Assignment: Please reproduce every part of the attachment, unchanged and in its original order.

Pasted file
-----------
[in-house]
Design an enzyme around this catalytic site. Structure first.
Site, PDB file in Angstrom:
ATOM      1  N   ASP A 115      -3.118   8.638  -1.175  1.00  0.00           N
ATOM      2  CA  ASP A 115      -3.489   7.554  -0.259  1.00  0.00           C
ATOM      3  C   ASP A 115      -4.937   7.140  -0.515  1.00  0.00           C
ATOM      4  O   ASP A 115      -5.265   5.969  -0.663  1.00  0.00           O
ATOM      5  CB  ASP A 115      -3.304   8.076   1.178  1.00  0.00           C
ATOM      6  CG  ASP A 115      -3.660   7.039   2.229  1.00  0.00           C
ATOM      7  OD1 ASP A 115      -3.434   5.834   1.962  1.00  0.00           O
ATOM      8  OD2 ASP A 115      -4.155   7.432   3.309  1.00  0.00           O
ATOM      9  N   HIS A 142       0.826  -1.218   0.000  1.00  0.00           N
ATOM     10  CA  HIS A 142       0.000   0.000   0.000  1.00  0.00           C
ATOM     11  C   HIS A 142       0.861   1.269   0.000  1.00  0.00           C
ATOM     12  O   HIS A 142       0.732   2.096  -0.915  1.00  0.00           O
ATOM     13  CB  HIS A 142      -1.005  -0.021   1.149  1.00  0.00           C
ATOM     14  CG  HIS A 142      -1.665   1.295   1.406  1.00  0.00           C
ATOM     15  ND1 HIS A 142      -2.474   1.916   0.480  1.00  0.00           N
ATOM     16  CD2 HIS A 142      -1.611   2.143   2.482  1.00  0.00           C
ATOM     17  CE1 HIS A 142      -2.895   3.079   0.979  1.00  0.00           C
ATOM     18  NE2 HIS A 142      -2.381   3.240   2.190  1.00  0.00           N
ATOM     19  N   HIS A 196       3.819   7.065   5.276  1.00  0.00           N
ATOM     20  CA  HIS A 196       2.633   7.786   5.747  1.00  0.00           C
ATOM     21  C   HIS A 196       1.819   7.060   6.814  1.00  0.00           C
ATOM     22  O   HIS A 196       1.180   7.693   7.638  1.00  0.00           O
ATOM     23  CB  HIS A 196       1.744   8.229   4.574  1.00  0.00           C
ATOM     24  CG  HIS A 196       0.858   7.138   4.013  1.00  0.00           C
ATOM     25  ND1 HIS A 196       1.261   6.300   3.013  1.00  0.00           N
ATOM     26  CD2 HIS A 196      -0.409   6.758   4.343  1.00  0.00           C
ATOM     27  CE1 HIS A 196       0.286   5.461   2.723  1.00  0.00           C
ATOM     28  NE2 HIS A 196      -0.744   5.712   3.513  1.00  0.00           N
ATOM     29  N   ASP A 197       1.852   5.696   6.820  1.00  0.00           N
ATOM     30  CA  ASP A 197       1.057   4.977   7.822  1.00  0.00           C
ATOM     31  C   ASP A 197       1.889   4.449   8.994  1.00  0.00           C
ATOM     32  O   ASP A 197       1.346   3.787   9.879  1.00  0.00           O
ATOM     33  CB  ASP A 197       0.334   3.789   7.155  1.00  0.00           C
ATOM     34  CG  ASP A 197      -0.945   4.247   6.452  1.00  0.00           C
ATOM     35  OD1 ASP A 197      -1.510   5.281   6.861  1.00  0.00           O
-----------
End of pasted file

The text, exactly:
[in-house]
Design an enzyme around this catalytic site. Structure first.
Site, PDB file in Angstrom:
ATOM      1  N   ASP A 115      -3.118   8.638  -1.175  1.00  0.00           N
ATOM      2  CA  ASP A 115      -3.489   7.554  -0.259  1.00  0.00           C
ATOM      3  C   ASP A 115      -4.937   7.140  -0.515  1.00  0.00           C
ATOM      4  O   ASP A 115      -5.265   5.969  -0.663  1.00  0.00           O
ATOM      5  CB  ASP A 115      -3.304   8.076   1.178  1.00  0.00           C
ATOM      6  CG  ASP A 115      -3.660   7.039   2.229  1.00  0.00           C
ATOM      7  OD1 ASP A 115      -3.434   5.834   1.962  1.00  0.00           O
ATOM      8  OD2 ASP A 115      -4.155   7.432   3.309  1.00  0.00           O
ATOM      9  N   HIS A 142       0.826  -1.218   0.000  1.00  0.00           N
ATOM     10  CA  HIS A 142       0.000   0.000   0.000  1.00  0.00           C
ATOM     11  C   HIS A 142       0.861   1.269   0.000  1.00  0.00           C
ATOM     12  O   HIS A 142       0.732   2.096  -0.915  1.00  0.00           O
ATOM     13  CB  HIS A 142      -1.005  -0.021   1.149  1.00  0.00           C
ATOM     14  CG  HIS A 142      -1.665   1.295   1.406  1.00  0.00           C
ATOM     15  ND1 HIS A 142      -2.474   1.916   0.480  1.00  0.00           N
ATOM     16  CD2 HIS A 142      -1.611   2.143   2.482  1.00  0.00           C
ATOM     17  CE1 HIS A 142      -2.895   3.079   0.979  1.00  0.00           C
ATOM     18  NE2 HIS A 142      -2.381   3.240   2.190  1.00  0.00           N
ATOM     19  N   HIS A 196       3.819   7.065   5.276  1.00  0.00           N
ATOM     20  CA  HIS A 196       2.633   7.786   5.747  1.00  0.00           C
ATOM     21  C   HIS A 196       1.819   7.060   6.814  1.00  0.00           C
ATOM     22  O   HIS A 196       1.180   7.693   7.638  1.00  0.00           O
ATOM     23  CB  HIS A 196       1.744   8.229   4.574  1.00  0.00           C
ATOM     24  CG  HIS A 196       0.858   7.138   4.013  1.00  0.00           C
ATOM     25  ND1 HIS A 196       1.261   6.300   3.013  1.00  0.00           N
ATOM     26  CD2 HIS A 196      -0.409   6.758   4.343  1.00  0.00           C
ATOM     27  CE1 HIS A 196       0.286   5.461   2.723  1.00  0.00           C
ATOM     28  NE2 HIS A 196      -0.744   5.712   3.513  1.00  0.00           N
ATOM     29  N   ASP A 197       1.852   5.696   6.820  1.00  0.00           N
ATOM     30  CA  ASP A 197       1.057   4.977   7.822  1.00  0.00           C
ATOM     31  C   ASP A 197       1.889   4.449   8.994  1.00  0.00           C
ATOM     32  O   ASP A 197       1.346   3.787   9.879  1.00  0.00           O
ATOM     33  CB  ASP A 197       0.334   3.789   7.155  1.00  0.00           C
ATOM     34  CG  ASP A 197      -0.945   4.247   6.452  1.00  0.00           C
ATOM     35  OD1 ASP A 197      -1.510   5.281   6.861  1.00  0.00           O